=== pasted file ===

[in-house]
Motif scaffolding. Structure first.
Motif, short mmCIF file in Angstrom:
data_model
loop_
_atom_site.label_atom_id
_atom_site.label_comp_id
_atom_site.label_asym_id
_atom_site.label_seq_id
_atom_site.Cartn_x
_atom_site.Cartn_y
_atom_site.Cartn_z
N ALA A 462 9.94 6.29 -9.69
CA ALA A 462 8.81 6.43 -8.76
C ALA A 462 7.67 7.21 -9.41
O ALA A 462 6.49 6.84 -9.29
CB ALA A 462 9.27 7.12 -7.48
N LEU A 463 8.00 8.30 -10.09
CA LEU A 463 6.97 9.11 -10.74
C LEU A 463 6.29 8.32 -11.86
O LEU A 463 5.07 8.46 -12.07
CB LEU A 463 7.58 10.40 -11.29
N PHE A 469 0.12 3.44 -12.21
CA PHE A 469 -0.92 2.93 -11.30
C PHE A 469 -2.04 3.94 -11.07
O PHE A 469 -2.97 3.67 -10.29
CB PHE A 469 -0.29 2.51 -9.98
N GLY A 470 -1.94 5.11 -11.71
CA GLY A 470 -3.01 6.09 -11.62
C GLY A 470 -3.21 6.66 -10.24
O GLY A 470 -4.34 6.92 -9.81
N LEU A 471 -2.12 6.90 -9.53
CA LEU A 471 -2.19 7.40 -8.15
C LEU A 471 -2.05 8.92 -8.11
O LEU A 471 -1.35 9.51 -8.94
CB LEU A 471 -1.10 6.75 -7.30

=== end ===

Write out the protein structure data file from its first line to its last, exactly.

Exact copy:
[in-house]
Motif scaffolding. Structure first.
Motif, short mmCIF file in Angstrom:
data_model
loop_
_atom_site.label_atom_id
_atom_site.label_comp_id
_atom_site.label_asym_id
_atom_site.label_seq_id
_atom_site.Cartn_x
_atom_site.Cartn_y
_atom_site.Cartn_z
N ALA A 462 9.94 6.29 -9.69
CA ALA A 462 8.81 6.43 -8.76
C ALA A 462 7.67 7.21 -9.41
O ALA A 462 6.49 6.84 -9.29
CB ALA A 462 9.27 7.12 -7.48
N LEU A 463 8.00 8.30 -10.09
CA LEU A 463 6.97 9.11 -10.74
C LEU A 463 6.29 8.32 -11.86
O LEU A 463 5.07 8.46 -12.07
CB LEU A 463 7.58 10.40 -11.29
N PHE A 469 0.12 3.44 -12.21
CA PHE A 469 -0.92 2.93 -11.30
C PHE A 469 -2.04 3.94 -11.07
O PHE A 469 -2.97 3.67 -10.29
CB PHE A 469 -0.29 2.51 -9.98
N GLY A 470 -1.94 5.11 -11.71
CA GLY A 470 -3.01 6.09 -11.62
C GLY A 470 -3.21 6.66 -10.24
O GLY A 470 -4.34 6.92 -9.81
N LEU A 471 -2.12 6.90 -9.53
CA LEU A 471 -2.19 7.40 -8.15
C LEU A 471 -2.05 8.92 -8.11
O LEU A 471 -1.35 9.51 -8.94
CB LEU A 471 -1.10 6.75 -7.30